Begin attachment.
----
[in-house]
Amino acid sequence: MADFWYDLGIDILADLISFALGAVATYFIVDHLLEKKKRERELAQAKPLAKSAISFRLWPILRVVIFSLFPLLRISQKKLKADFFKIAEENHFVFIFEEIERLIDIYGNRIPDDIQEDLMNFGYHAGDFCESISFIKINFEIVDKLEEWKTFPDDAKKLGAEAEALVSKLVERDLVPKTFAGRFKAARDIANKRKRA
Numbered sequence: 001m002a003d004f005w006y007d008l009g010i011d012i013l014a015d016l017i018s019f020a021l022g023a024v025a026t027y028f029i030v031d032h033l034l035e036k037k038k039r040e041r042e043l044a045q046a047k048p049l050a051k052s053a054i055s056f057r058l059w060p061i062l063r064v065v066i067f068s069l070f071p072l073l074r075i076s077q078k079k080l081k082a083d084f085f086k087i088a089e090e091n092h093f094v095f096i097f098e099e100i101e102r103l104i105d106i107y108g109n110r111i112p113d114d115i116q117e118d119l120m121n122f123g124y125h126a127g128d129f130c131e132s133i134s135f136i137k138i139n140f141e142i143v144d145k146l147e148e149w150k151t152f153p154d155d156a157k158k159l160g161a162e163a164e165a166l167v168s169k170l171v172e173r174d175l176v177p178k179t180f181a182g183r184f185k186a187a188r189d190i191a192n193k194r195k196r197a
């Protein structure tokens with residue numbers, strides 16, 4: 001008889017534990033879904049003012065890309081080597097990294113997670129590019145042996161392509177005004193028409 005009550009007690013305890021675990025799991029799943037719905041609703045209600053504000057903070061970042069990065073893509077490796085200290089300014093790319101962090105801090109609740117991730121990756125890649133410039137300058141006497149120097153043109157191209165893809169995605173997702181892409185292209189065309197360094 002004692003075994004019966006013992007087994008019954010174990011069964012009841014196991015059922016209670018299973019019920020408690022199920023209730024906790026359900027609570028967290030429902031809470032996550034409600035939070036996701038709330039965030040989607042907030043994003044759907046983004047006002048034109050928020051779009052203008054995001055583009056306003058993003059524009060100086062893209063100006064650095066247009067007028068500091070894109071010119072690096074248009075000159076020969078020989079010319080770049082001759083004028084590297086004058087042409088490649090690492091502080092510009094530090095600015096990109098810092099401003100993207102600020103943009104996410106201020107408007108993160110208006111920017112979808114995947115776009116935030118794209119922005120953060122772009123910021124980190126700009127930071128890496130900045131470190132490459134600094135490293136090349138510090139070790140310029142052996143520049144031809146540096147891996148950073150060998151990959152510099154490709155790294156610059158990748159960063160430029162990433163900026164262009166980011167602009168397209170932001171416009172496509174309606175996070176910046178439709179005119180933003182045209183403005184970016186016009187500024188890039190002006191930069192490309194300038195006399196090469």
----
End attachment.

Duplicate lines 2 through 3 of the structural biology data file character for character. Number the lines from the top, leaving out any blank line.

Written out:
Amino acid sequence: MADFWYDLGIDILADLISFALGAVATYFIVDHLLEKKKRERELAQAKPLAKSAISFRLWPILRVVIFSLFPLLRISQKKLKADFFKIAEENHFVFIFEEIERLIDIYGNRIPDDIQEDLMNFGYHAGDFCESISFIKINFEIVDKLEEWKTFPDDAKKLGAEAEALVSKLVERDLVPKTFAGRFKAARDIANKRKRA
Numbered sequence: 001m002a003d004f005w006y007d008l009g010i011d012i013l014a015d016l017i018s019f020a021l022g023a024v025a026t027y028f029i030v031d032h033l034l035e036k037k038k039r040e041r042e043l044a045q046a047k048p049l050a051k052s053a054i055s056f057r058l059w060p061i062l063r064v065v066i067f068s069l070f071p072l073l074r075i076s077q078k079k080l081k082a083d084f085f086k087i088a089e090e091n092h093f094v095f096i097f098e099e100i101e102r103l104i105d106i107y108g109n110r111i112p113d114d115i116q117e118d119l120m121n122f123g124y125h126a127g128d129f130c131e132s133i134s135f136i137k138i139n140f141e142i143v144d145k146l147e148e149w150k151t152f153p154d155d156a157k158k159l160g161a162e163a164e165a166l167v168s169k170l171v172e173r174d175l176v177p178k179t180f181a182g183r184f185k186a187a188r189d190i191a192n193k194r195k196r197a